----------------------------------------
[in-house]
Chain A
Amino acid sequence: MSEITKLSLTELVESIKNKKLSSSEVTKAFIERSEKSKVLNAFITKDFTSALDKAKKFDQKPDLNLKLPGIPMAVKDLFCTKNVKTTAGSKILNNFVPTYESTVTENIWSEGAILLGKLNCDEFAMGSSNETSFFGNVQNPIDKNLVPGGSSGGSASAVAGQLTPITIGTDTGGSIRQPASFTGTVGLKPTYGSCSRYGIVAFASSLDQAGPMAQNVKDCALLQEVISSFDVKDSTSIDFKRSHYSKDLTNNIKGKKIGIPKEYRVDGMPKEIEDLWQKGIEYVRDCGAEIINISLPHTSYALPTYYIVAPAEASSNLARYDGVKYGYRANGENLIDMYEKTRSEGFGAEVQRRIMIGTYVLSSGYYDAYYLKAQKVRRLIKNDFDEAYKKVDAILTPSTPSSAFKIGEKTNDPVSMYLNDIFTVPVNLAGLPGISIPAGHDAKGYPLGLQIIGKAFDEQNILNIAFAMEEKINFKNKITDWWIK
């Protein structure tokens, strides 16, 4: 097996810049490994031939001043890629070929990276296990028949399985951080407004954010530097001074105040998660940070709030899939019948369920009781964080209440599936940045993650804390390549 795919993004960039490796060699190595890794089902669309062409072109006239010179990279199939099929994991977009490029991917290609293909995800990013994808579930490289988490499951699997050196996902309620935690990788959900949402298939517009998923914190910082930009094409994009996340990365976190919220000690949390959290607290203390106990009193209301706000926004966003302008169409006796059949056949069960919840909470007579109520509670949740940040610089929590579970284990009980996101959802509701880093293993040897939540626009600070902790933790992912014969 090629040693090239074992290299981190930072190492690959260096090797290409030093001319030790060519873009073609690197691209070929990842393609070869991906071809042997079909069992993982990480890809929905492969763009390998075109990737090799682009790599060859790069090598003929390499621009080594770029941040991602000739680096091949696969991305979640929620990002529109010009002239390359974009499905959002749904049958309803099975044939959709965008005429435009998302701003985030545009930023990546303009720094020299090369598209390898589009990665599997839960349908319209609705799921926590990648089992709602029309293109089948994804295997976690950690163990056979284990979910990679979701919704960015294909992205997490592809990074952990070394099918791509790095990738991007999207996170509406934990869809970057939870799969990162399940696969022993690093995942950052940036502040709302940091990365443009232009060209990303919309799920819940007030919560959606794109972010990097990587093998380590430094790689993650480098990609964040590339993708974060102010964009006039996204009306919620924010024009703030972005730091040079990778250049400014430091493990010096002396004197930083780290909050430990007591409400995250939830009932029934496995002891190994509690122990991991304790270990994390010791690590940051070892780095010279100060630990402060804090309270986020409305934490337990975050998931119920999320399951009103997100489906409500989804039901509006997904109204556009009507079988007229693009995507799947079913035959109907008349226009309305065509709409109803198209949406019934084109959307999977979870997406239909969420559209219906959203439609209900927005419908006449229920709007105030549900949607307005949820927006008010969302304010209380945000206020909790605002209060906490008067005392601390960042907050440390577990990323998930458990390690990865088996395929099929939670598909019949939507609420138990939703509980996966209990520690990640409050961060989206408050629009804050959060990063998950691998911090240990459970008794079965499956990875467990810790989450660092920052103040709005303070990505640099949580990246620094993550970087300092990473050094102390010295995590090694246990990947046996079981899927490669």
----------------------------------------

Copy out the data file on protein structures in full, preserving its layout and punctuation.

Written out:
[in-house]
Chain A
Amino acid sequence: MSEITKLSLTELVESIKNKKLSSSEVTKAFIERSEKSKVLNAFITKDFTSALDKAKKFDQKPDLNLKLPGIPMAVKDLFCTKNVKTTAGSKILNNFVPTYESTVTENIWSEGAILLGKLNCDEFAMGSSNETSFFGNVQNPIDKNLVPGGSSGGSASAVAGQLTPITIGTDTGGSIRQPASFTGTVGLKPTYGSCSRYGIVAFASSLDQAGPMAQNVKDCALLQEVISSFDVKDSTSIDFKRSHYSKDLTNNIKGKKIGIPKEYRVDGMPKEIEDLWQKGIEYVRDCGAEIINISLPHTSYALPTYYIVAPAEASSNLARYDGVKYGYRANGENLIDMYEKTRSEGFGAEVQRRIMIGTYVLSSGYYDAYYLKAQKVRRLIKNDFDEAYKKVDAILTPSTPSSAFKIGEKTNDPVSMYLNDIFTVPVNLAGLPGISIPAGHDAKGYPLGLQIIGKAFDEQNILNIAFAMEEKINFKNKITDWWIK
């Protein structure tokens, strides 16, 4: 097996810049490994031939001043890629070929990276296990028949399985951080407004954010530097001074105040998660940070709030899939019948369920009781964080209440599936940045993650804390390549 795919993004960039490796060699190595890794089902669309062409072109006239010179990279199939099929994991977009490029991917290609293909995800990013994808579930490289988490499951699997050196996902309620935690990788959900949402298939517009998923914190910082930009094409994009996340990365976190919220000690949390959290607290203390106990009193209301706000926004966003302008169409006796059949056949069960919840909470007579109520509670949740940040610089929590579970284990009980996101959802509701880093293993040897939540626009600070902790933790992912014969 090629040693090239074992290299981190930072190492690959260096090797290409030093001319030790060519873009073609690197691209070929990842393609070869991906071809042997079909069992993982990480890809929905492969763009390998075109990737090799682009790599060859790069090598003929390499621009080594770029941040991602000739680096091949696969991305979640929620990002529109010009002239390359974009499905959002749904049958309803099975044939959709965008005429435009998302701003985030545009930023990546303009720094020299090369598209390898589009990665599997839960349908319209609705799921926590990648089992709602029309293109089948994804295997976690950690163990056979284990979910990679979701919704960015294909992205997490592809990074952990070394099918791509790095990738991007999207996170509406934990869809970057939870799969990162399940696969022993690093995942950052940036502040709302940091990365443009232009060209990303919309799920819940007030919560959606794109972010990097990587093998380590430094790689993650480098990609964040590339993708974060102010964009006039996204009306919620924010024009703030972005730091040079990778250049400014430091493990010096002396004197930083780290909050430990007591409400995250939830009932029934496995002891190994509690122990991991304790270990994390010791690590940051070892780095010279100060630990402060804090309270986020409305934490337990975050998931119920999320399951009103997100489906409500989804039901509006997904109204556009009507079988007229693009995507799947079913035959109907008349226009309305065509709409109803198209949406019934084109959307999977979870997406239909969420559209219906959203439609209900927005419908006449229920709007105030549900949607307005949820927006008010969302304010209380945000206020909790605002209060906490008067005392601390960042907050440390577990990323998930458990390690990865088996395929099929939670598909019949939507609420138990939703509980996966209990520690990640409050961060989206408050629009804050959060990063998950691998911090240990459970008794079965499956990875467990810790989450660092920052103040709005303070990505640099949580990246620094993550970087300092990473050094102390010295995590090694246990990947046996079981899927490669």